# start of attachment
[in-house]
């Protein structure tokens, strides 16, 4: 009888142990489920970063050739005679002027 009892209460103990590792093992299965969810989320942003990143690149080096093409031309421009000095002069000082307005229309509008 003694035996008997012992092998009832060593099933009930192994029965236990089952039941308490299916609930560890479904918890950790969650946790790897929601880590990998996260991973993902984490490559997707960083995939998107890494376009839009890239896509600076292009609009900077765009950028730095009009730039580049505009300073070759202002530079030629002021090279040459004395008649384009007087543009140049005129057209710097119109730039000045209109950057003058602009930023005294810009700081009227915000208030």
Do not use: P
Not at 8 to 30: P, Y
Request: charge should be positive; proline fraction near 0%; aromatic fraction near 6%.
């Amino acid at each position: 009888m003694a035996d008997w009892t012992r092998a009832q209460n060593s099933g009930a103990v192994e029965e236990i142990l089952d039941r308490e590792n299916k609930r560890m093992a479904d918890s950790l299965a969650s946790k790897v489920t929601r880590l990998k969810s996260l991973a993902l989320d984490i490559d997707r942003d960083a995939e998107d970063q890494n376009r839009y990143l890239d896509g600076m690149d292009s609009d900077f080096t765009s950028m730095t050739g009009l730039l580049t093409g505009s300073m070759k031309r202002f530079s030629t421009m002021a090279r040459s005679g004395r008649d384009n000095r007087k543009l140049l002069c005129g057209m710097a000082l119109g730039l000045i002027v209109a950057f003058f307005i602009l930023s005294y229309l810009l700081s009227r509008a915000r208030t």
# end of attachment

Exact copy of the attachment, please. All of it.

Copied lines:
[in-house]
């Protein structure tokens, strides 16, 4: 009888142990489920970063050739005679002027 009892209460103990590792093992299965969810989320942003990143690149080096093409031309421009000095002069000082307005229309509008 003694035996008997012992092998009832060593099933009930192994029965236990089952039941308490299916609930560890479904918890950790969650946790790897929601880590990998996260991973993902984490490559997707960083995939998107890494376009839009890239896509600076292009609009900077765009950028730095009009730039580049505009300073070759202002530079030629002021090279040459004395008649384009007087543009140049005129057209710097119109730039000045209109950057003058602009930023005294810009700081009227915000208030």
Do not use: P
Not at 8 to 30: P, Y
Request: charge should be positive; proline fraction near 0%; aromatic fraction near 6%.
């Amino acid at each position: 009888m003694a035996d008997w009892t012992r092998a009832q209460n060593s099933g009930a103990v192994e029965e236990i142990l089952d039941r308490e590792n299916k609930r560890m093992a479904d918890s950790l299965a969650s946790k790897v489920t929601r880590l990998k969810s996260l991973a993902l989320d984490i490559d997707r942003d960083a995939e998107d970063q890494n376009r839009y990143l890239d896509g600076m690149d292009s609009d900077f080096t765009s950028m730095t050739g009009l730039l580049t093409g505009s300073m070759k031309r202002f530079s030629t421009m002021a090279r040459s005679g004395r008649d384009n000095r007087k543009l140049l002069c005129g057209m710097a000082l119109g730039l000045i002027v209109a950057f003058f307005i602009l930023s005294y229309l810009l700081s009227r509008a915000r208030t």